If you will call yourself a Christian, then everything in your life must submit to Christ and his word.  If you cannot or will not submit to Christ's word, then you cannot bear his name or rightly call him “Lord.”  God always sets the standard.  God defines good and evil, and God is not swayed by popular opinion or court decisions no matter how supreme the court is.  Therefore, when God's word exposes our sins to us, we acknowledge them, we despise ourselves for our evil, and we renounce them.  Though our sinful nature will always delight that its cravings are being fed, the sinful nature desires to destroy us.  Therefore, it is imperative that we deny giving our sinful nature the sins it craves.  It is necessary to daily put our sins to death.
     Jesus is the Christ.  You are a Christian; that means a cross.  If you want to follow Jesus, then you will hear his word and seek his will.  But you may discover that you never live up to your desires.  No matter how diligently you strive to do what is good, you will still sin.  When doing what is good costs you money or effort, you may hate it.  When doing what is right means that you have to suffer for it, you may want to give up.  Bearing the name of Christ does not mean that everything will be easy or that life will be glorious.  Your glory comes after the resurrection, just as Jesus' did.
     Still, you bear the cross.  You submit to God because he is always good even when life is not.  No matter how many pleasures Satan promises you for doing whatever your sinful heart desires, you know that leads to death. Such a life is not worth saving.  Such a life is to be denied and crucified.  Nor is such a life dismal.  When you follow Jesus, you have the assurance that your are saved, that your guilt is pardoned, that your death is temporary, that your God loves you, and that you shall have everlasting glories and pleasures in heaven.  For, after the cross comes the resurrection and glory.
     Jesus is the Christ.  You are a Christian; that means a cross.  Bear yours, knowing that it drives you to Jesus day after day.  You repent of your sins and put them to death each day.  And each day, Jesus raises you up anew to live before him in righteousness, innocence, and blessedness.  But do not fear that your salvation is not based on how well you are bearing your cross or denying your sin.  As diligently as you strive to live as children of God, your confidence is not that you are living up to your end of it.  Your confidence is that God acknowledges and claims that you are his children.  Your salvation is based on the fact that Jesus bore his cross for you.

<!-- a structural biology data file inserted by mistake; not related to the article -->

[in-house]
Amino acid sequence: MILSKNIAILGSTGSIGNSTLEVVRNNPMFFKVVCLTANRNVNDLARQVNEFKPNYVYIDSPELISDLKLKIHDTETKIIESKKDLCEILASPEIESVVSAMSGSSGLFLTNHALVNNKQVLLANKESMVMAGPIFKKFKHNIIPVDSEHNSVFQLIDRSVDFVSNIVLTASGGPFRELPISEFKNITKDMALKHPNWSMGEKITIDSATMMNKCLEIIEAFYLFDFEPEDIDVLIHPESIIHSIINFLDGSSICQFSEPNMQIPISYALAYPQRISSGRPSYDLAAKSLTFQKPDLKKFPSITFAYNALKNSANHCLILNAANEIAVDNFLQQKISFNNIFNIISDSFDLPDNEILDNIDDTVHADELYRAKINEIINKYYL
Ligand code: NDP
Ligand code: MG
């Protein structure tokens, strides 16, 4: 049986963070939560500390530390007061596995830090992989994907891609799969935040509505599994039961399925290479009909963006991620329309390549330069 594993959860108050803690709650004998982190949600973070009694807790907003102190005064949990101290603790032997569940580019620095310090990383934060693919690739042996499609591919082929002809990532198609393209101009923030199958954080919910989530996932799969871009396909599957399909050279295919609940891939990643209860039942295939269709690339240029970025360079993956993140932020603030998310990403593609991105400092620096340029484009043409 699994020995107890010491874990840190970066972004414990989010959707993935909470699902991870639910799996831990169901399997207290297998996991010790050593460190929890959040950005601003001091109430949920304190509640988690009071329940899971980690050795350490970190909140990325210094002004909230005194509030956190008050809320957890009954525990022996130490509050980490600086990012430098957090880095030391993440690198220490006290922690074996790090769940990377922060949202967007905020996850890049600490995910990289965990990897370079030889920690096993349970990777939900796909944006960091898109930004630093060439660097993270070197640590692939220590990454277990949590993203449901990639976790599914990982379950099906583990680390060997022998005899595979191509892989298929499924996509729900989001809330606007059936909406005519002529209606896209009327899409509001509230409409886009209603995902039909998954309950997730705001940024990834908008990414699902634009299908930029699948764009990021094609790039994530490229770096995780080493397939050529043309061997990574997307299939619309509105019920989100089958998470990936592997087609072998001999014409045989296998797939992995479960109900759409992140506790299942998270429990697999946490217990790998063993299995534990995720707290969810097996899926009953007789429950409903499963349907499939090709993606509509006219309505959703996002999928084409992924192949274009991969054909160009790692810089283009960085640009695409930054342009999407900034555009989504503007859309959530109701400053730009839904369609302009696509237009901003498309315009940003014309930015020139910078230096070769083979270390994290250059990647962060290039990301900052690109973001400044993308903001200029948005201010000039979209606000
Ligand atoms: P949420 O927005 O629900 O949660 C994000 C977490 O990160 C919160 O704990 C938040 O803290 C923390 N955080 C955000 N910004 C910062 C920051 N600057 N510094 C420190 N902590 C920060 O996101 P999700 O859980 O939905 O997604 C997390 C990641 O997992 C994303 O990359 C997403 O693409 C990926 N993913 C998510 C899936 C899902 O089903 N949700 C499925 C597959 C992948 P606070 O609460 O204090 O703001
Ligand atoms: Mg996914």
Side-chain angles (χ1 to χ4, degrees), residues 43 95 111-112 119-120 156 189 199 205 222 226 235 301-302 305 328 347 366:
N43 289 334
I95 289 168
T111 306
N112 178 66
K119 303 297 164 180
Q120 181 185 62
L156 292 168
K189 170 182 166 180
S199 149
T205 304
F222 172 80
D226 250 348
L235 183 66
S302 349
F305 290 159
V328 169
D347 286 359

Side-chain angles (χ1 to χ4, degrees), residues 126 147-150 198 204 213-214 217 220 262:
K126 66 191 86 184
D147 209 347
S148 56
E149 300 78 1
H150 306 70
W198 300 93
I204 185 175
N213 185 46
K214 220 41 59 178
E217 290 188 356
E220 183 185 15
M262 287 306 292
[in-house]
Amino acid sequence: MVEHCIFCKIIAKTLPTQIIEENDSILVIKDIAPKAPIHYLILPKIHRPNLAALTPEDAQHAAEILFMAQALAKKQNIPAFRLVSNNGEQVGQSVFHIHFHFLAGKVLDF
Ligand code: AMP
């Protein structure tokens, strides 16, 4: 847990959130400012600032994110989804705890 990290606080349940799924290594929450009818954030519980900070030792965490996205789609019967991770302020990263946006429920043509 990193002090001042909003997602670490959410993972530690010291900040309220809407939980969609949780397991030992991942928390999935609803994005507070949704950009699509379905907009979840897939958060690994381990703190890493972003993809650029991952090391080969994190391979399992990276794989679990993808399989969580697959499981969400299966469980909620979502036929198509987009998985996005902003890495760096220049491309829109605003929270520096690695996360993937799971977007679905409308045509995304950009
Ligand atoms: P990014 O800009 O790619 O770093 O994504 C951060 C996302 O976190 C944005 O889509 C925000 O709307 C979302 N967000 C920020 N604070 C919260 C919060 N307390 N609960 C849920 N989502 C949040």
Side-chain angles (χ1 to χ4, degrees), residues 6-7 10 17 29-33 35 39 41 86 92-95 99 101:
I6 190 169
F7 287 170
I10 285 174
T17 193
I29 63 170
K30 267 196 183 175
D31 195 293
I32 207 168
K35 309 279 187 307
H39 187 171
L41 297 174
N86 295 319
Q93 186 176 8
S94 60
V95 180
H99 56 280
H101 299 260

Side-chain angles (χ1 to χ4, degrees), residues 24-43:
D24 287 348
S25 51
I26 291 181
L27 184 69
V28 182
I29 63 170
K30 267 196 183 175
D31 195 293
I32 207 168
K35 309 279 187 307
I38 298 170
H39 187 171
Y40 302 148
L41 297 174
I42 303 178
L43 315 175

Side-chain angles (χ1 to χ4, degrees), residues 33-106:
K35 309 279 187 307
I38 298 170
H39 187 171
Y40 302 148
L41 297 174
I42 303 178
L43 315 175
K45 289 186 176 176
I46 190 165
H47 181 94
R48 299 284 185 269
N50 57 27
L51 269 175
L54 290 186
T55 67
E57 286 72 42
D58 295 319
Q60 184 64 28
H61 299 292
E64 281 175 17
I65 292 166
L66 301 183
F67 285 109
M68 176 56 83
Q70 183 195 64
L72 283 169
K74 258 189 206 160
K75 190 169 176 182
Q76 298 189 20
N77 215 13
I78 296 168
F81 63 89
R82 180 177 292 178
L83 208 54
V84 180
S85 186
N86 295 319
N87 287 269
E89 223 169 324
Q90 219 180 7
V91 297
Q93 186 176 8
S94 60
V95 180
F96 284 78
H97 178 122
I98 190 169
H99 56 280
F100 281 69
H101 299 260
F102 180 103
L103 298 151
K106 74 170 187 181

Jesus is the Christ; that means a cross.  Jesus fulfilled his office by being the atoning sacrifice for your sins.  You are forgiven.  You are baptized into Jesus, and that means you are already holy and blameless in God's sight.  You cannot improve on that, no matter how many good things you try to do for Jesus.  All the good you need Jesus has done for you.  Jesus is the Christ, anointed to be your Savior.  He forgives all sins.  He bestows all righteousness.  And he marks you, dear Christians, as his own.

In the name of the Father and of the Son + and of the Holy Spirit.  Amen. 

A Pastoral Concern: God's word matters

While it is disappointing that the Supreme Court has determined that all states must allow same-sex marriages, it did not come as a surprise to me.  Not even remotely.  It was wrapped in the mantle of "freedom," and "equality," and "love," and if you are even 1% American, you are obligated to stand up and cheer for that.  For that reason, it was a foregone conclusion that the Supreme Court was going to make the decision it did.  (I was surprised that the verdict was 5-4.  I thought the margin would have been wider.)

If you are interested in reading formal responses from some Lutheran leaders, the links follow.  The first is from WELS (Wisconsin Evangelical Lutheran Synod) president, Rev. Mark Schroeder (no relation).  You can read his remarks here.

Equally good are the remarks of LC-MS (Lutheran Church-Missouri Synod) president, Rev. Matthew Harrison.  His remarks are here.

The decision, the spirit of our society, the concern of many Christians, and the fears or foaming at the mouth of many people give me plenty of reasons to pray.  I have heard and read too many articles or comments to process.  Nevertheless, I will offer mine.